The Witcher 3’s crafting system is as deep and rewarding as any others I’ve encountered although some of the issues that plagued it’s predecessor’s remain. You’ll find crafting materials everywhere, from the numerous fields and forests that are littered with herbs and fruits to the dozens of crafting components that drop from the monsters that you’ll slay. Whilst you can happily go along picking up basically everything in your path for a long time before inventory management becomes an issue once you hit that barrier you’re going to be forever wondering if you should vendor an item, break it down for materials or simply drop it on the ground and forget about it. Once you make your way into Novigrad you can (mostly) solve this problem by purchasing yourself a set of what I assume is the largest saddlebags in the game, giving you another 100 weight to mess with, although if you’re a confessed RPG kleptomaniac like most of us are that will just delay the inevitable. If you’re so inclined the modding scene has already come up with a solution to this issue if you’d rather not have to worry about it.
However if you stick with the crafting system the rewards you get are most often far better than any other gear you’ll be able to obtain either through killing monsters or buying from vendors. The scavenger hunts, which start when you find the first schematic for one of the Witcher school’s armour (you start off with the Wolf School set, but there are 3 others available) and each are tailored to a specific playstyle. If you, like me, favour quick strikes and massive stamina regeneration then the Cat School set is for you. The Bear School is for those that like to take enemies head on and soak up insane amounts of damage. The Griffon school is the in-between set, catering for a more balanced playstyle. These sets have several versions with the improved ones requiring the previous set to continue crafting them which means the final pay off is quite an investment in both time and materials. It is completely worth doing however as each upgrade of gear means you’re fully equipped to tackle all the challenges that the next few levels will bring and you never have to worry about where the next upgrade will come from.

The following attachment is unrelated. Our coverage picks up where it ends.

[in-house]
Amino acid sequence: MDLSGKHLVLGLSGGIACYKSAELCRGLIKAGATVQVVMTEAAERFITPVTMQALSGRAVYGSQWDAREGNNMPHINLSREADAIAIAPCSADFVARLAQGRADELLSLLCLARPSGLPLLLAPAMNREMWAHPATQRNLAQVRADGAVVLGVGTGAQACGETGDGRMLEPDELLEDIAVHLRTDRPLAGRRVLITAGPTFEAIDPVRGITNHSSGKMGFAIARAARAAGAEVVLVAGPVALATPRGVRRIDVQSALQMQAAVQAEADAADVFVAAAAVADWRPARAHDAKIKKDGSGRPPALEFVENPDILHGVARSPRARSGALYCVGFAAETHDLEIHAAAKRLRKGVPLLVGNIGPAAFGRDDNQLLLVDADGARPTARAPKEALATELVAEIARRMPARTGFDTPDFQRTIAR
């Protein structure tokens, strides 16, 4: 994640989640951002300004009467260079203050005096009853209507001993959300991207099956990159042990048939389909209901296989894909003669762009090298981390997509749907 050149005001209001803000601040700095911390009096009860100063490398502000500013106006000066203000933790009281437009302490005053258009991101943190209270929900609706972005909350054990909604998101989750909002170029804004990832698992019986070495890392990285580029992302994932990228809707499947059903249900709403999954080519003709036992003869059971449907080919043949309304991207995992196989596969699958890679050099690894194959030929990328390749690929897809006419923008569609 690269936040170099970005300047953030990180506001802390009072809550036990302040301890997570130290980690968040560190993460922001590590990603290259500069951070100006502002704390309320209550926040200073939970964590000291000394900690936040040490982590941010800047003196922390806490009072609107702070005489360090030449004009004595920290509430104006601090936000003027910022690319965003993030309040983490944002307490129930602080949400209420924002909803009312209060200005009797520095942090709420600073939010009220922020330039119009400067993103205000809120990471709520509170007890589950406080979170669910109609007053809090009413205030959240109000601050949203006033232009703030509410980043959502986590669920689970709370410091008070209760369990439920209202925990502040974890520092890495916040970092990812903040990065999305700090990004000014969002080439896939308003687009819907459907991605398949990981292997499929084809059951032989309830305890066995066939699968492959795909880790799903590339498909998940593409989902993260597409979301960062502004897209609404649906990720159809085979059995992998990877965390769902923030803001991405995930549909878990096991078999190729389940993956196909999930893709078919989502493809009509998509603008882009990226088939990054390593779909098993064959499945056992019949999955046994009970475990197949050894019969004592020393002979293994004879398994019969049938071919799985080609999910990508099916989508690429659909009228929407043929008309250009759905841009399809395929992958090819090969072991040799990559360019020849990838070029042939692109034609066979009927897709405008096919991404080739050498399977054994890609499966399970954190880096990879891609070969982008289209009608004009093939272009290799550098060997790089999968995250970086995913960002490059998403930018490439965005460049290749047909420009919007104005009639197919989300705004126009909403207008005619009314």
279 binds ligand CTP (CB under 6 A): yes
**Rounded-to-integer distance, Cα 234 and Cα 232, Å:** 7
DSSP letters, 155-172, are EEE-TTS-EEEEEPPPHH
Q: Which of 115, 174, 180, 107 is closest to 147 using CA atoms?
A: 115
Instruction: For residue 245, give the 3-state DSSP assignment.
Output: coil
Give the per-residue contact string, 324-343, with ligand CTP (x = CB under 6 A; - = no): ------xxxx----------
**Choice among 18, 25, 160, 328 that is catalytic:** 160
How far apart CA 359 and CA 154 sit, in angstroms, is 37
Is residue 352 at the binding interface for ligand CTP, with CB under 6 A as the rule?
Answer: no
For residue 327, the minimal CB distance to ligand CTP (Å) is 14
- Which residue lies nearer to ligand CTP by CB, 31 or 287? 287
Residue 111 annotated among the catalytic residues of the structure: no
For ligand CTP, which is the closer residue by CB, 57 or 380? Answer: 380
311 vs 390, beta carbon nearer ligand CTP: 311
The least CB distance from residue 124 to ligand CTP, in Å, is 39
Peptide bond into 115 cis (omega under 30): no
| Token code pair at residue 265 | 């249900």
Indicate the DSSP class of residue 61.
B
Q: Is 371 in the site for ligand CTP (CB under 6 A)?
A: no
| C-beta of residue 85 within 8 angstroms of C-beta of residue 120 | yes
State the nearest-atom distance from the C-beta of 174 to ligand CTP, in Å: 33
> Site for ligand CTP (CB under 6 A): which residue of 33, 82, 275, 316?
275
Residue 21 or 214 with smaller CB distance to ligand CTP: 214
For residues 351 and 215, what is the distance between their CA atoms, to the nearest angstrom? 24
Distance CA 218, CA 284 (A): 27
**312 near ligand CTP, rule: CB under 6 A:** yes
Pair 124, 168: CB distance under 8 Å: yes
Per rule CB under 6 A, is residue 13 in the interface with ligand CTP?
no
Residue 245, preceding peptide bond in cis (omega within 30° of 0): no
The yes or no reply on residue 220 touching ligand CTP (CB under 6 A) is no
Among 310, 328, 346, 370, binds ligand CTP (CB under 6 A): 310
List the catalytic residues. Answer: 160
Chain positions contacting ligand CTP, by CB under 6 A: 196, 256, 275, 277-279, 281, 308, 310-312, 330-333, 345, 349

The various mini-games are much better done this time around, being much more optional than their predecessors in previous Witcher games were. You can try your hand at a bare fisted fighting tournament that will take you through all the areas with an ultimate fight against the current world champion. You can try your hand at Gwent with nearly every vendor you encounter and, should you best them, you can take one of their cards away from them. If you’re so inclined there’s also a sort of tournament you can play with Gwent although where that leads I couldn’t tell you. There’s also a few other strange mini-games like the contract price negotiation thing, where you barter with a NPC over the cost of the contract they want you to undertake, but that’s mostly just an exercise in finding out what the maximum price has been set before you piss them off too badly. I was very thankful that these mini games took a back seat in The Witcher 3 as they felt like an inescapable tedium in the previous instalment, something which didn’t do much to endear me to it.